Behind much of [Edward Arlington] Robinson’s work, in both its more successful and its less successful aspects, lies a deeply American obsession with the theme of failure: failure of a career, failure of a social class or a society, failure of a needed meaning to sustain itself–and, finally, the inevitable failure of life to resist death’s encroachment. Remembering Eliot’s motifs of sexual and spiritual failure and Pound’s savage complaints at a culture’s failure to realize itself, we see how much those poets have in common with Robinson after all. ‘When we think of America,’ said D.H. Lawrence in his introduction to Edward Dahlberg’s novel Bottom Dogs, ‘and of her huge success, we never realize how many failures have gone, and still go to build up that success.’
– “Rival Idioms: The Great Generation” (being Chapter Five of The Modern Poets: A Critical Introduction)
Read Robinson’s “Richard Corey”
Read Lawrence’s “Last Lesson of the Afternoon”
Enough failure for one day? Ready for earthy pagan Modernist resurrection sex?
Read Lawrence’s “New Heaven and Earth”
Power Quote: Special T.O.C. edition, for keith n.b., with double special bonus shout-out to Paul Violi
In a comment on yesterday’s “Power Quote” post, one of our regular commenters said he couldn’t find much about M.L. Rosenthal’s The Modern Poets: A Critical Introduction on the web. Well, neither could I, actually, which is one of the reasons that my post had links to some Yeats poems he had written about instead of to anything by Rosenthal himself. So by special request, please find below the T.O.C. to the book, plus some info on Rosenthal, for the edification and enjoyment of all. Before we get to that, however, I want to give a shout-out to Paul Violi. I was lucky enough to study with Paul when I was an MFA at The New School. Of all the poets–hell, all the people–I know, he’s easily one of the best- and widest-read, and is always generous with his vast knowledge when I get a bug up my ass about this or that poetry-related topic and start suddenly shooting him emails. Most recently, that topic has been Ezra Pound. Paul pointed me to Rosenthal specifically for chapter three, “EZRA POUND: THE POET AS HERO.” After–or before–you check out the T.O.C. to this book, I emphatically recommend you click over to Paul’s website and check him out, if you don’t already know his work.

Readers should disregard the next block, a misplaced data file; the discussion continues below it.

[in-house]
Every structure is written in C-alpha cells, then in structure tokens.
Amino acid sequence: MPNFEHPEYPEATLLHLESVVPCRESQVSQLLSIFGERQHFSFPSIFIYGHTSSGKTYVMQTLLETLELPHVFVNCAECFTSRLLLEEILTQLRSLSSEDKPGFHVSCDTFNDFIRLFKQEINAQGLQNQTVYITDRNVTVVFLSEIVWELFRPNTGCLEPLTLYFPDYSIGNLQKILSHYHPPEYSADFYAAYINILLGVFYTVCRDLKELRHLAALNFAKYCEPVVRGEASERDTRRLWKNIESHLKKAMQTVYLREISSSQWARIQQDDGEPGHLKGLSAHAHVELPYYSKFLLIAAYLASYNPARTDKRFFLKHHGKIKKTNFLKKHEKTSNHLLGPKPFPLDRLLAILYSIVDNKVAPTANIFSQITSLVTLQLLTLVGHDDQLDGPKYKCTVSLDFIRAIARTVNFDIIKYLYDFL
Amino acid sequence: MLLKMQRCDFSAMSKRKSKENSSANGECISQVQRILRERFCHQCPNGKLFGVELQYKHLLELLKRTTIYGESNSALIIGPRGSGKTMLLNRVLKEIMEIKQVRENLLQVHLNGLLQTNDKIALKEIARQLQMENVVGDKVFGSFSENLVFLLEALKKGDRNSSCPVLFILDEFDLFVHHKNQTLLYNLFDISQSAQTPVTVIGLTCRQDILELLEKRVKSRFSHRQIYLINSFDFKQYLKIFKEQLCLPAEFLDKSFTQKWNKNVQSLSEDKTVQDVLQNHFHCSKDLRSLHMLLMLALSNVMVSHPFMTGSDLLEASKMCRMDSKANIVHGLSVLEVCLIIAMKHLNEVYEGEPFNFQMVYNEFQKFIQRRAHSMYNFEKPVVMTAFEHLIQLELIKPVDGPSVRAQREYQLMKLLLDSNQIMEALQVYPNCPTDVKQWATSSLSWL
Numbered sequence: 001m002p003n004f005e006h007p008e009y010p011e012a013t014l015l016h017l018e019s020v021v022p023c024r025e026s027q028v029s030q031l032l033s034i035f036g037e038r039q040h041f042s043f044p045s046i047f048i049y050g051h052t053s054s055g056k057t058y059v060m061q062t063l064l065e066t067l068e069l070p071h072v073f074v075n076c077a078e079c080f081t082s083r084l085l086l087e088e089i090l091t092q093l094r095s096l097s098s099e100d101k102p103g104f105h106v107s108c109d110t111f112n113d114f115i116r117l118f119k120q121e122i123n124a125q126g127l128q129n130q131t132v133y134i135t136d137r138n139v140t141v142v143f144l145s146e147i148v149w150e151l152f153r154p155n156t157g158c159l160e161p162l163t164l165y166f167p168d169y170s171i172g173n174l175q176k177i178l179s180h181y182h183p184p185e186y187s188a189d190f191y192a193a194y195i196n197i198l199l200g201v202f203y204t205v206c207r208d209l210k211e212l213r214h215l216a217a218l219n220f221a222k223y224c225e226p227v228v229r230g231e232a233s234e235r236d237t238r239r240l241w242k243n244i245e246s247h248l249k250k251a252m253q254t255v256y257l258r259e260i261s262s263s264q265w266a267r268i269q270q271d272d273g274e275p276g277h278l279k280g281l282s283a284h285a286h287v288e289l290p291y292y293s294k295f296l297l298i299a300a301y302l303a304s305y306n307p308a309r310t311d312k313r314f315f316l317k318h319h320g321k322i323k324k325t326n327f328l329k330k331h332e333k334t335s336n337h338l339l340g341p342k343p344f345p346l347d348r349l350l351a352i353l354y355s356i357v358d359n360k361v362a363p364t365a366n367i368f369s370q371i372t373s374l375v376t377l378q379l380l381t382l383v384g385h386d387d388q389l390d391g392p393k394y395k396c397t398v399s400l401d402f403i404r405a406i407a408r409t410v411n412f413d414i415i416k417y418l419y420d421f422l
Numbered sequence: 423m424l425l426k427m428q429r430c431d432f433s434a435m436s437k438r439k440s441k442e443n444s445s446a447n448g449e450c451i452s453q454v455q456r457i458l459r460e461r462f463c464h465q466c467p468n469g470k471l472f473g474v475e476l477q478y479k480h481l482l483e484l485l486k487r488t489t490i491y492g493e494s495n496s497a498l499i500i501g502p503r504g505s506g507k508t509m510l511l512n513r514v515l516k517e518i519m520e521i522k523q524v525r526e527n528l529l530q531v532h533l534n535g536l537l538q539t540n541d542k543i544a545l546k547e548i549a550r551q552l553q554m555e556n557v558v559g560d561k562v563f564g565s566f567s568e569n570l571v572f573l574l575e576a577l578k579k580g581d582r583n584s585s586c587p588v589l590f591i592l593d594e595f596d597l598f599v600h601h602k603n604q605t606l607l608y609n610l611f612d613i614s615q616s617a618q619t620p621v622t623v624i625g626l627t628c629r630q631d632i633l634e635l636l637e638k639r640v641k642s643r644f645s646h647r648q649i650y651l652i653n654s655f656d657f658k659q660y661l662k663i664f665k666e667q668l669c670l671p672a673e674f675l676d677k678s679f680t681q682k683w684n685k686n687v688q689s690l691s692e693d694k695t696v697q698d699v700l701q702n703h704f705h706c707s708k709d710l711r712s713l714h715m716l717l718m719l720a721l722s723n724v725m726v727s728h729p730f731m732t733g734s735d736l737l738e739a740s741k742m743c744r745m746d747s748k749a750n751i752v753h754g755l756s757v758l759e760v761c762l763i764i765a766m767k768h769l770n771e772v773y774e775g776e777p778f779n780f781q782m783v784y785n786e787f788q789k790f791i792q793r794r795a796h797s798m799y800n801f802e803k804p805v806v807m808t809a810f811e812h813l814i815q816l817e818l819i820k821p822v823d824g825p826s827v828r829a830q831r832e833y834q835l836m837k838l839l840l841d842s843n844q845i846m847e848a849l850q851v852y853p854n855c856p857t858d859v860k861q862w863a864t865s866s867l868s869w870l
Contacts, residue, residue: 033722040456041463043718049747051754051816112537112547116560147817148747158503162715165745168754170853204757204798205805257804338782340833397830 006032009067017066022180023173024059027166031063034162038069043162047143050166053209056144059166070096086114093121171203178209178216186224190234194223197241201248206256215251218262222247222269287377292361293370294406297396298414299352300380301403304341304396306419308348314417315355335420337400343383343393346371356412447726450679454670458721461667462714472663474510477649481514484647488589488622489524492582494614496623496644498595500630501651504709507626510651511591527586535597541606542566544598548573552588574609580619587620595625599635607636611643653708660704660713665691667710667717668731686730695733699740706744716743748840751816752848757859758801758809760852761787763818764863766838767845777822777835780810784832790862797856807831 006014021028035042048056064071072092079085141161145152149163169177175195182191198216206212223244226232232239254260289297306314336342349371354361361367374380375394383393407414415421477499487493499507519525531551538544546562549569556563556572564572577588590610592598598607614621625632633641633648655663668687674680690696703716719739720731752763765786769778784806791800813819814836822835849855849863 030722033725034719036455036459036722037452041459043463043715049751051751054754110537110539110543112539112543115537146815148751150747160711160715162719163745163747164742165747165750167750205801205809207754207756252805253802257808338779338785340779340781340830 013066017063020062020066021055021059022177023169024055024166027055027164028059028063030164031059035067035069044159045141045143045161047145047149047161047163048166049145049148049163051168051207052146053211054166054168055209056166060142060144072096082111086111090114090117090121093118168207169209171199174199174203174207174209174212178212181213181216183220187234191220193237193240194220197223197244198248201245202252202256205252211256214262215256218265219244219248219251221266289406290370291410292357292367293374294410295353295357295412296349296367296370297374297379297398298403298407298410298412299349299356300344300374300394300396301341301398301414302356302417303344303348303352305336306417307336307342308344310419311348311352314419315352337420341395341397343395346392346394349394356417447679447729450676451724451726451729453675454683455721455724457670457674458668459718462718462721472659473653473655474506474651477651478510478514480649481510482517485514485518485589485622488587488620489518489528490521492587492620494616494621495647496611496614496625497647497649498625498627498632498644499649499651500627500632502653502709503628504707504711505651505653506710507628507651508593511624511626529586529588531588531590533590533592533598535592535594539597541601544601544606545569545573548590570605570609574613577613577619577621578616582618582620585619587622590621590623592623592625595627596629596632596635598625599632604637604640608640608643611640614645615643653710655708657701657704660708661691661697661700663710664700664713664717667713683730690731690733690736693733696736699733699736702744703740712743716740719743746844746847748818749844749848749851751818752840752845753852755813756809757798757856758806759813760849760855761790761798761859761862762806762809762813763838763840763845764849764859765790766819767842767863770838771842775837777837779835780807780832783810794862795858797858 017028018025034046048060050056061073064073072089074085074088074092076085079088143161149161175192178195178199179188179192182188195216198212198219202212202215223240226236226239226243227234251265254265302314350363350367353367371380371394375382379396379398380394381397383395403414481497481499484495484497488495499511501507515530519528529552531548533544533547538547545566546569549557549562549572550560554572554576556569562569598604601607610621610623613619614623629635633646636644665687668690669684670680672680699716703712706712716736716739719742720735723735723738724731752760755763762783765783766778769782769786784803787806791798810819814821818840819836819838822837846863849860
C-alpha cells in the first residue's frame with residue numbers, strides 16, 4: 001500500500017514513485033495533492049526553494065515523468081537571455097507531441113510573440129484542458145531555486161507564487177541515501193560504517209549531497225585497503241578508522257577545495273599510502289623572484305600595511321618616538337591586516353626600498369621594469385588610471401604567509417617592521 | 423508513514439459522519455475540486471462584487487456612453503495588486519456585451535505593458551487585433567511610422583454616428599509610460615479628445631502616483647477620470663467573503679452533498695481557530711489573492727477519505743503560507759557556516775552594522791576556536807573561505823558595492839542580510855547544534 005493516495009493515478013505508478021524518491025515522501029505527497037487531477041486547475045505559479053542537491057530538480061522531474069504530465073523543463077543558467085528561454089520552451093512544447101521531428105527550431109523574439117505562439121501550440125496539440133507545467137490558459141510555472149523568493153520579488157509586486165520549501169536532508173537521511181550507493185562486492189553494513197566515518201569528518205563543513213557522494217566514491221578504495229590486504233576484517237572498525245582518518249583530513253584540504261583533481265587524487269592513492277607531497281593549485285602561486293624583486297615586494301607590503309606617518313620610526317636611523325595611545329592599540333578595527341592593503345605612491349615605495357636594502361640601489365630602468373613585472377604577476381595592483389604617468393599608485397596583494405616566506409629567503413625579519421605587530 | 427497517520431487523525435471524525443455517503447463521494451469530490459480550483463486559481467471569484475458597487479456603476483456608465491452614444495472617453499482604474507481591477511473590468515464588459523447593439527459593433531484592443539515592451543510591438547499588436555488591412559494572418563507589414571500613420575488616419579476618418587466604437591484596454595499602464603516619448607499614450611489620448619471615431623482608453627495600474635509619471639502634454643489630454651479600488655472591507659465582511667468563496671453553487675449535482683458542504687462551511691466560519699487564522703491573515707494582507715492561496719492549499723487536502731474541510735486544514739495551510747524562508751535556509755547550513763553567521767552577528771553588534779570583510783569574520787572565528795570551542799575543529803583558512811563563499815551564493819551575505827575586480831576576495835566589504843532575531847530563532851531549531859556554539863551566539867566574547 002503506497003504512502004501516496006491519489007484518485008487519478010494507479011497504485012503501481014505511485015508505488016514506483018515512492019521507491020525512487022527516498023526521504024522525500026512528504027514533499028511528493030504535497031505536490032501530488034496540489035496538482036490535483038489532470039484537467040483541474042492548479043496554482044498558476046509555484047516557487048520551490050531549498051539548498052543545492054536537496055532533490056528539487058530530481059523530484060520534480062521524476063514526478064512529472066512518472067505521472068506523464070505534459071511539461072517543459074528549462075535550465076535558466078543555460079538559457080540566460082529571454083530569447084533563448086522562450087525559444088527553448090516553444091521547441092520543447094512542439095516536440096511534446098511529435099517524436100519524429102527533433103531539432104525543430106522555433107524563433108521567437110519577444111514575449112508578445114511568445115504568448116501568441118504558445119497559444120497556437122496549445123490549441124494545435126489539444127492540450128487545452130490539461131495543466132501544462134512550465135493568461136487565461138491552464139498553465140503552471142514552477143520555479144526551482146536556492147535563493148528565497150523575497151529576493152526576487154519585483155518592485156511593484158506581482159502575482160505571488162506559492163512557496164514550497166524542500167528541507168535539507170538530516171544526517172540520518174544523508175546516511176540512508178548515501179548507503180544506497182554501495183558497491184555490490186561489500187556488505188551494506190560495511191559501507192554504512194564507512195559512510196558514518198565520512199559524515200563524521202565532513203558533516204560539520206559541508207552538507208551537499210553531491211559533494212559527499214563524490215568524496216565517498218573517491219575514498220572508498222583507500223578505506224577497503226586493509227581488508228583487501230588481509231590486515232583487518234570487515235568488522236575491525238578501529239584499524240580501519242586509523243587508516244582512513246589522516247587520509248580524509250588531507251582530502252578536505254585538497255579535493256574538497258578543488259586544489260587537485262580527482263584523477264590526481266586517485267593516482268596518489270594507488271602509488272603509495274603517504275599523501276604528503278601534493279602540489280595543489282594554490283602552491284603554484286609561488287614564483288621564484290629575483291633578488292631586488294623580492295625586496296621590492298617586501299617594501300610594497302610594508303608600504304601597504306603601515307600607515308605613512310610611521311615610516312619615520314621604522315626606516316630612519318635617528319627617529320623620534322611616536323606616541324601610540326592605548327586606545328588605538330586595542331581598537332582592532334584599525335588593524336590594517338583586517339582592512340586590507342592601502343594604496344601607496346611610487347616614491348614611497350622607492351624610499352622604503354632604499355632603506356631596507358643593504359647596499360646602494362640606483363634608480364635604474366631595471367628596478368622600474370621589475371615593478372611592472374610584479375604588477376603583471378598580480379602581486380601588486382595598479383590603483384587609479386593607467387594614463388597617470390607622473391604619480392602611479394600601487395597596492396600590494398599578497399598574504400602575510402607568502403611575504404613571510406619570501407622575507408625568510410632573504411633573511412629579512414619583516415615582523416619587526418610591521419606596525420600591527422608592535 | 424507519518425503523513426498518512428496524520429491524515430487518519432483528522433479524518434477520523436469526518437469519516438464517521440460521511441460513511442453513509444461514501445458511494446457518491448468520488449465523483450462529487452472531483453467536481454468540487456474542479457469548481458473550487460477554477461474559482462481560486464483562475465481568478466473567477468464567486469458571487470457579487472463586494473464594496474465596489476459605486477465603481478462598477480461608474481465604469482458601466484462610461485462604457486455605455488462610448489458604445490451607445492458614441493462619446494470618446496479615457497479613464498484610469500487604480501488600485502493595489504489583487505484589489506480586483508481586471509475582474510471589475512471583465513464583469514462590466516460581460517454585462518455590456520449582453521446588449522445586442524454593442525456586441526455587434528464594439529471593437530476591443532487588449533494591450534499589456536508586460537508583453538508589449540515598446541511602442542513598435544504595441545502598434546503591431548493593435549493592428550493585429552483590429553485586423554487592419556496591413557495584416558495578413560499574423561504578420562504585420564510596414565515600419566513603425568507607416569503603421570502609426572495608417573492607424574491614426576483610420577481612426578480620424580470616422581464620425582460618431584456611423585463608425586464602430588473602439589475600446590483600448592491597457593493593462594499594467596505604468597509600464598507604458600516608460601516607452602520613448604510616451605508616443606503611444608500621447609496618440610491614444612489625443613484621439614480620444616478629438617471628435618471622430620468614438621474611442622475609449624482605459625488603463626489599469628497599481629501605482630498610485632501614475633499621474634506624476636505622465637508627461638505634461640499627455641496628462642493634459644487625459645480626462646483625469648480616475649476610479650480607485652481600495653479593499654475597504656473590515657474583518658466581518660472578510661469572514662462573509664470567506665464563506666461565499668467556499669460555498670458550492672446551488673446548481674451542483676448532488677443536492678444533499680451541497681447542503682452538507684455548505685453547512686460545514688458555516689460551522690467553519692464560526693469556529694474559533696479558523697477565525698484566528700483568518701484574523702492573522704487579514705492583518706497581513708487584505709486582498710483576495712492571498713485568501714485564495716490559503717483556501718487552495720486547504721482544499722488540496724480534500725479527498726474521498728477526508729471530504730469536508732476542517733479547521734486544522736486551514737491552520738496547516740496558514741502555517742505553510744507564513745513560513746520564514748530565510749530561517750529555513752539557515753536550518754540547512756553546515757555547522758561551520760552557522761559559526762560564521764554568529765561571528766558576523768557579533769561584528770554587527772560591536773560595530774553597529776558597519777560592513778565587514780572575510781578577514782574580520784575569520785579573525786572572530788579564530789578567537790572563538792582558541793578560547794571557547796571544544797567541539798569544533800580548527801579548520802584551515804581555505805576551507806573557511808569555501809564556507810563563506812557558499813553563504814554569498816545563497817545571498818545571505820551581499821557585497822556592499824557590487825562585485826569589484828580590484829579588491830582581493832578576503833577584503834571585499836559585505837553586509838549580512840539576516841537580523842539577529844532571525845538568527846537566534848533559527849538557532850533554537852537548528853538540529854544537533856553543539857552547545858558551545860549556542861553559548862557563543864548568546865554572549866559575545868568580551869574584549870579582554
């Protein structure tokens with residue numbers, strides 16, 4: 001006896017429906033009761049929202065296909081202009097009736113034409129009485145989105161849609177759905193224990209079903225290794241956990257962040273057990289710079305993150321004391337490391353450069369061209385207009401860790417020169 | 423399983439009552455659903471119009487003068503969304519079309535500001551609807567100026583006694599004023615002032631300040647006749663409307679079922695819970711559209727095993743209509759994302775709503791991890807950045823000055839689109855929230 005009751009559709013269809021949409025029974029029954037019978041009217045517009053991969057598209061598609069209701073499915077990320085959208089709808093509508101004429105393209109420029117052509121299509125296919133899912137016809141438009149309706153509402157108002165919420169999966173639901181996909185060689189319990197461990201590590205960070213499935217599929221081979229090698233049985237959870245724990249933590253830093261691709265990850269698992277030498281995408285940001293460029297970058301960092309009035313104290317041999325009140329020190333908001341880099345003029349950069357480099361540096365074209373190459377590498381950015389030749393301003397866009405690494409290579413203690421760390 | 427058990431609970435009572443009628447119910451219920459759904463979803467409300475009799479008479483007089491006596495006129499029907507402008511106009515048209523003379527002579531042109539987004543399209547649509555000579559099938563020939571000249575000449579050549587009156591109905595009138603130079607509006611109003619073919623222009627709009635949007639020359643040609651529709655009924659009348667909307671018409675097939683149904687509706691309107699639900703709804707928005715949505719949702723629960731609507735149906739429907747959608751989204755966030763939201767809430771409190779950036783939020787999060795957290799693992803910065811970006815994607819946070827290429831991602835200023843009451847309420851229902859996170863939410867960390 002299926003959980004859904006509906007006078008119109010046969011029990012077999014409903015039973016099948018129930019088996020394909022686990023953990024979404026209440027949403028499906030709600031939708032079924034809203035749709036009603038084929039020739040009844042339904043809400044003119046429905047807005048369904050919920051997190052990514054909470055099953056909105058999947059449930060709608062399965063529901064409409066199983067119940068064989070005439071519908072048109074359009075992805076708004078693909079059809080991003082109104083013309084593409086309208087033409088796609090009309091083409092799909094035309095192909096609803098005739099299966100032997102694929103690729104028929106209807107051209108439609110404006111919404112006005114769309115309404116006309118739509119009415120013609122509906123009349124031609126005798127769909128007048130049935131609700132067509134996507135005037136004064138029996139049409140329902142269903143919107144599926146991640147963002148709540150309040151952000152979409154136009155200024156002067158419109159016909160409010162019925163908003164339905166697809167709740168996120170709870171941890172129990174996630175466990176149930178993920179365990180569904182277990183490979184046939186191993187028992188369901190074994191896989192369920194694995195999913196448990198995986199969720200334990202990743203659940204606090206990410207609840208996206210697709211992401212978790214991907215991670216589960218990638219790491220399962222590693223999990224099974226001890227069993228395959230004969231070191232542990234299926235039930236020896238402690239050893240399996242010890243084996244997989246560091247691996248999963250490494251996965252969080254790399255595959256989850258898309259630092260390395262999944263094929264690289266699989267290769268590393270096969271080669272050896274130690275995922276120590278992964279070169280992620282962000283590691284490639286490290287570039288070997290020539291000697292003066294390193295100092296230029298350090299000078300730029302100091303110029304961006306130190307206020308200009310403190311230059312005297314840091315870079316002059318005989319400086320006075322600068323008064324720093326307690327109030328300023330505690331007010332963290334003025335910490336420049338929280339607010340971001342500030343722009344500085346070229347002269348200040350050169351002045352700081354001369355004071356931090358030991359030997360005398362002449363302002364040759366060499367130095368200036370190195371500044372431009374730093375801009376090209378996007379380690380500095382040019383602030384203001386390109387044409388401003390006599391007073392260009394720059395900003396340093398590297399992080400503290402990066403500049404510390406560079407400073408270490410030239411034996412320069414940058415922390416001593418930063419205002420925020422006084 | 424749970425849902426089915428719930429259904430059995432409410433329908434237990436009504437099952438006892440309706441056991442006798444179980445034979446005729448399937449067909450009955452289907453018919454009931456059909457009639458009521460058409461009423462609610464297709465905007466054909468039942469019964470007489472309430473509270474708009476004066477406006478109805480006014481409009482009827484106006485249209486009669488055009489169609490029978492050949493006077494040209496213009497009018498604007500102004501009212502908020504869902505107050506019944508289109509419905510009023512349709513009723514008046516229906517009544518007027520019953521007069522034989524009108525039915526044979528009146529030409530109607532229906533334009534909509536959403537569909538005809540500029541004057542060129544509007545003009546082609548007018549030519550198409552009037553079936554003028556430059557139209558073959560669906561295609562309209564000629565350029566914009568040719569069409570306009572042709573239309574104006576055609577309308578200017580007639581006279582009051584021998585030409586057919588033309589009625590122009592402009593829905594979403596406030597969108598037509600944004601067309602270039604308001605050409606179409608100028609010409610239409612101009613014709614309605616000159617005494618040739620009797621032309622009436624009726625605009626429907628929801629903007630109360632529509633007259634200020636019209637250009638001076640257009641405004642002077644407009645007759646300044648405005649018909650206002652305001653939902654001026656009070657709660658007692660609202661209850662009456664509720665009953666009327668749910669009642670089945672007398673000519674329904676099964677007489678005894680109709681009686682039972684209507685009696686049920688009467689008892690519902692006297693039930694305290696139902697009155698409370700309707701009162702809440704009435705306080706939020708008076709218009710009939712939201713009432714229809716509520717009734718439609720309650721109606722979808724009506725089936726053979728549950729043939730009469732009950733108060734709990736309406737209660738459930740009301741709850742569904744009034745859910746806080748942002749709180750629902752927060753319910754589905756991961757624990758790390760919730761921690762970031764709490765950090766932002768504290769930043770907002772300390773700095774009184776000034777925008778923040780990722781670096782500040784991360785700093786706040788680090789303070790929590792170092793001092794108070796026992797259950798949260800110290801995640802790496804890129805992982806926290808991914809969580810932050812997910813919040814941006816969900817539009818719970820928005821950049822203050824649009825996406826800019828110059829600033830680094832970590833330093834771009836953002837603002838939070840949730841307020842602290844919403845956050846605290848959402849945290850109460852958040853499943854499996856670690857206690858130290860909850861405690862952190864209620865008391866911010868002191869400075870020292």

Modern poetry as a whole tends to be tragic in its assumption that we are at a cultural dead end, in which myriad values at cross-purposes, with modern political values the most virulent of all, are choking each other to death. The major poetic situation is the struggle of a heroic sensibility, or Self, to free itself from the condition of living death imposed by this murderous predicament. Clearly, the most elementary way to gain such freedom is to insist on the priority of instinct and emotion over all logical and systematic thought and over the demands of society. In many poems, Yeats fastens on the sexual act and the mystery of sexuality as the ultimate source of meaning.
-“Yeats and the Modern Mind”
(in The Modern Poets: A Critical Introduction; (c) 1960)
Some problems just never get old, do they?
read “Leda and the Swan”